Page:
Adaptive sports play a vital role in the lives of kids who use wheelchairs. I learned this firsthand growing up with spina bifida and being exposed to numerous adaptive sports opportunities. Now I see it in action every day as the Executive Director of ABLE Youth, a youth wheelchair sports and independence nonprofit in Nashville, Tennessee.
The benefits carry over into much more than sports, and it doesn't matter if kids are great athletes with a competitive drive or just want to participate and find a way to be active in the community. Through adaptive sports, kids build social skills not only with other kids with disabilities who may participate alongside them teaching them that their disabilities aren't barriers to an active life, but also with their able-bodied peers in school, as sports give them something in common. Adaptive sports builds self-confidence and a motivation to succeed and excel. They pick up independence skills along the way and are empowered to strive to one day live independently, go to college, and have a career. Learning adaptive sports as a kid builds healthy habits, staving off the medical problems associated with sitting, that hopefully last a lifetime.
So, just what adaptive sports are out there for kids, both individual and team-based? Here's just a small sampling that I've participated in myself and with our kids at ABLE Youth.
The National Wheelchair Basketball Association has youth teams across the country for kids as young as kindergarten. There are other independent programs, some even part of the school system, out there too.
Road races are a great way for kids to participate in the local sports scene and at any distance or pace that is comfortable to them, either in their regular chair, a racing chair, or a handcycle. Racing doesn't have to be about being the fastest but just enjoying being out there. Through organizations like Achilles International, guides can be paired with athletes with disabilities to have someone to talk to during the race, to help provide a little extra safety room among other runners, or to provide any assistance needed.
Track and Field
Track and field meets for athletes with physical disabilities are held across the country like the Dixie Games and Endeavor Games. Athletes can train on their own or find a team to compete in all distances on the track and field events like shot put, javelin, and discus.
Archery is great because kids can train and compete alongside able-bodied kids, as well as archery being part of adaptive sports track and field meets.
Many communities offer adaptive tennis lessons, but the rules are so similar (the biggest difference is that two bounces are allowed instead of one) that kids can take lessons and play with others who don't have disabilities.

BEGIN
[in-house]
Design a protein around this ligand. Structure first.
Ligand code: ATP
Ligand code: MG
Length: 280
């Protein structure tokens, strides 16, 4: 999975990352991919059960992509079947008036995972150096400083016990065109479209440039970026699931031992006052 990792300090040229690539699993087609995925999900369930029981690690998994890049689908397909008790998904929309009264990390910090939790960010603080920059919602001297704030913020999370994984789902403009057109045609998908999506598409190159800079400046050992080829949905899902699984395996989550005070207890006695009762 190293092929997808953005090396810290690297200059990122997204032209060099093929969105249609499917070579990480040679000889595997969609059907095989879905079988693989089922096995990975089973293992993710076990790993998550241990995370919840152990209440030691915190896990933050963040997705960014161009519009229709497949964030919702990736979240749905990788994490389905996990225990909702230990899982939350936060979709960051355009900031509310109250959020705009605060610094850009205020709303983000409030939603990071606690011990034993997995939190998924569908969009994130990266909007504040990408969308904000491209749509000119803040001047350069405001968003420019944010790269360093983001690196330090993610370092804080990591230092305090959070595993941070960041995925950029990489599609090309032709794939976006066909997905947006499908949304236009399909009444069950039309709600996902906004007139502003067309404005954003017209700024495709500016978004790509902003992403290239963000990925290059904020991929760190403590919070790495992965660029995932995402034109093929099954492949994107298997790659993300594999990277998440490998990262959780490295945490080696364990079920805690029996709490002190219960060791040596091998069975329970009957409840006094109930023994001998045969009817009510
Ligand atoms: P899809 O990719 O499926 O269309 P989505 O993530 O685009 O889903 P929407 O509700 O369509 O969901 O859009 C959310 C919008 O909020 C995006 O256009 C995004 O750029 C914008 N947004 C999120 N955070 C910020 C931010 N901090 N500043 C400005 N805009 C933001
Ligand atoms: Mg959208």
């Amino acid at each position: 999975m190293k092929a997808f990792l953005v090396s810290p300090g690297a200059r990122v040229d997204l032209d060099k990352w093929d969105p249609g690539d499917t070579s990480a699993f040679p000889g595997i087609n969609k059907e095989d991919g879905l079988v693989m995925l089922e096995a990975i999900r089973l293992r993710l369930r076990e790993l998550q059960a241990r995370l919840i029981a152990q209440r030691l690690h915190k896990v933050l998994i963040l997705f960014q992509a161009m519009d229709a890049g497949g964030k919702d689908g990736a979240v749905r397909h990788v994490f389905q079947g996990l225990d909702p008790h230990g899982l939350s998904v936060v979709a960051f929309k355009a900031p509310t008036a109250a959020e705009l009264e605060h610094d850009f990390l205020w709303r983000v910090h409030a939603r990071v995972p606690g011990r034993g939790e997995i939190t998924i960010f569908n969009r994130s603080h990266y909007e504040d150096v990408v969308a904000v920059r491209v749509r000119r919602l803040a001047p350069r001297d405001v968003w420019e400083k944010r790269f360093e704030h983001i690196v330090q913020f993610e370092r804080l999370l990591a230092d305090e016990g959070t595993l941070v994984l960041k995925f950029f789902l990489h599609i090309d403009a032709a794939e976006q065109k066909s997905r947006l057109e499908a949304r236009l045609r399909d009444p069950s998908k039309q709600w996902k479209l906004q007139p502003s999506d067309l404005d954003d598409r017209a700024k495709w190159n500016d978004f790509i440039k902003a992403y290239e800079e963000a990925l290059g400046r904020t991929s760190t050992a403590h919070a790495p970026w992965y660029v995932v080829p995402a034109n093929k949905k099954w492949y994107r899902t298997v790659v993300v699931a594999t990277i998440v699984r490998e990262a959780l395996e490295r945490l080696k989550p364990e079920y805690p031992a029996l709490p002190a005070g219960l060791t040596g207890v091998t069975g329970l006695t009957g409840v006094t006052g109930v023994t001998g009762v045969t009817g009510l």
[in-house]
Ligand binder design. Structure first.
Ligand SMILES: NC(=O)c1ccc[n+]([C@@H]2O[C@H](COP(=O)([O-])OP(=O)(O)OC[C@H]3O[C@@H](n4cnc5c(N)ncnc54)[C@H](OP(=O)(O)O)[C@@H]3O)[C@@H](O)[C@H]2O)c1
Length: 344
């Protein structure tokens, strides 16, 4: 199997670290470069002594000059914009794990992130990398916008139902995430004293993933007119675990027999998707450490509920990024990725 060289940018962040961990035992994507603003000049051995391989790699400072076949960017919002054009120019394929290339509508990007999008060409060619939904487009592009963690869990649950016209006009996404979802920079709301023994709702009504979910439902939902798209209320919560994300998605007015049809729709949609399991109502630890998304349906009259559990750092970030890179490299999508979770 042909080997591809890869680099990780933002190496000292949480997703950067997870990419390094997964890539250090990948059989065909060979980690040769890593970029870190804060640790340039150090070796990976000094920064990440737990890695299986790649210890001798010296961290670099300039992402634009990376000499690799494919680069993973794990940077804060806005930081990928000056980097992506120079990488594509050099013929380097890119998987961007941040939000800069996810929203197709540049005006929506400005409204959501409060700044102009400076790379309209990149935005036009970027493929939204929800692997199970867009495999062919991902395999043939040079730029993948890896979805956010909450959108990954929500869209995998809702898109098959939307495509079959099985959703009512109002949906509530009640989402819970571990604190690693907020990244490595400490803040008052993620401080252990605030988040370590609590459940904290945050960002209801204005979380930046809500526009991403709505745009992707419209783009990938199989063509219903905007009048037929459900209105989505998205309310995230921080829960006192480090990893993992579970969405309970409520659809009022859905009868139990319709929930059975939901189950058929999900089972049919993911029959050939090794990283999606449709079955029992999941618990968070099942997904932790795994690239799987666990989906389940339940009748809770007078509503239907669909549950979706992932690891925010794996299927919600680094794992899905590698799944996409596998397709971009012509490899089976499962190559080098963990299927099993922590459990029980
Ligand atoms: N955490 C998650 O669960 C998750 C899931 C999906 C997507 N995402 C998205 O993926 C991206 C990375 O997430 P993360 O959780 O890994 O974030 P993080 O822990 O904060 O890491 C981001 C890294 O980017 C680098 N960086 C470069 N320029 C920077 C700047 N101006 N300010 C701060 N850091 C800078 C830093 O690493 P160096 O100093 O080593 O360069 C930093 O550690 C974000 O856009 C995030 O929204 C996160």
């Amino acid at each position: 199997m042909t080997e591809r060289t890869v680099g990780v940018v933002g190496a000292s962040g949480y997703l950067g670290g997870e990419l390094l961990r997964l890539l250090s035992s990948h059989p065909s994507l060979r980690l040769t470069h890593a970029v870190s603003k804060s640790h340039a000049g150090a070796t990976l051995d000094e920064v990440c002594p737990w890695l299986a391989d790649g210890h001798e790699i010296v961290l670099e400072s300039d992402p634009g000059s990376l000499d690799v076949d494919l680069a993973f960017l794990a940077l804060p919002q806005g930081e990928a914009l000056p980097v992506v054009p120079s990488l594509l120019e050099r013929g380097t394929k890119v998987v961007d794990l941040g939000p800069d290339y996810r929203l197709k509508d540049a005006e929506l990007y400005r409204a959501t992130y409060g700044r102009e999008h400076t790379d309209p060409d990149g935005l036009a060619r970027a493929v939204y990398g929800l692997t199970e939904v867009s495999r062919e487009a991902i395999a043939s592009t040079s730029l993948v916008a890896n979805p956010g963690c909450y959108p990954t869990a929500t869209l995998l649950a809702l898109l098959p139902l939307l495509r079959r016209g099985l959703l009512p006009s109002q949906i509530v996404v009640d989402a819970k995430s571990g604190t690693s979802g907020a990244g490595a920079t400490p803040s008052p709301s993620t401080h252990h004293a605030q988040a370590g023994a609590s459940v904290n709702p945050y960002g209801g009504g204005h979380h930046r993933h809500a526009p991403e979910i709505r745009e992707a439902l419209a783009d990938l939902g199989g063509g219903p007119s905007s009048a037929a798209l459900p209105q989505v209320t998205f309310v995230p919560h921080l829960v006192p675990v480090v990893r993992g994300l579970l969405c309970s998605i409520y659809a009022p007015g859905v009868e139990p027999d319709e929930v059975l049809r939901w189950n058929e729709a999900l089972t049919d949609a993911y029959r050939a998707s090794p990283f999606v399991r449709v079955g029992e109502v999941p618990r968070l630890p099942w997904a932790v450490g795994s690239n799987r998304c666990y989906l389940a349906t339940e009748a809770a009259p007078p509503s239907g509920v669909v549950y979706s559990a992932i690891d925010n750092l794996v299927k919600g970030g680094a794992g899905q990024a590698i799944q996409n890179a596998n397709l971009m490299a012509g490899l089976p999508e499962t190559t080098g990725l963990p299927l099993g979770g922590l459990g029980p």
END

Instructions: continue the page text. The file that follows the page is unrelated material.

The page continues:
Water Skiing, Paddleboarding, Sailing, Kayaking
There are so many adaptive water sports! Most can be done on a river, lake, or ocean and require some adaptive equipment, but programs for all types of adaptive watersports can be found across the country. ABLE Youth went paddleboarding last summer and hopes to bring it, along with sailing, to Nashville soon, joining the water skiing and kayaking that we already have.
Swimming is not only great exercise for kids, but kids can swim for fun or competitively. Kids with disabilities can join their regular school or community swim team, or they may prefer to swim with kids with disabilities, classified so that they're swimming against kids of similar ability levels.
Yes, there is adaptive football! Kids move around the field and throw the ball just like in traditional football, and kids both in manual and power chairs play together.
ABLE Youth recently took our kids to a local skate park and had a BLAST! We were welcomed there with open arms, and adaptive skating programs are popping up in many cities. It's also something that kids can do alongside able-bodied friends for fun. Just remember the helmet, elbow pads, and knee pads!
In the winter, snow skiing is a great option. Many ski facilities have their own adaptive programs with instructors who are familiar with teaching kids with disabilities.
Sled hockey is quickly rising as a popular adaptive sport! It's co-ed, and many of the NHL teams also sponsor sled hockey teams.
Dance and cheerleading is another sport that kids can do either in a group of other kids with disabilities or integrated into an able-bodied group. There are adaptive dance and cheer troupes across the country.
About the Author
Amy Saffell resides in Nashville, Tennessee and is the Executive Director of ABLE Youth, a nonprofit that uses sports as a catalyst to teach and motivate kids to become independent in all aspects of daily living. She is also the coordinator of the Adaptive Climbing group in Nashville. Prior to that, she worked for 12 years at a record label. Amy enjoys trying out all kinds of adaptive sports and meeting new friends along the way. She was born with spina bifida and has been a lifelong Quickie user.
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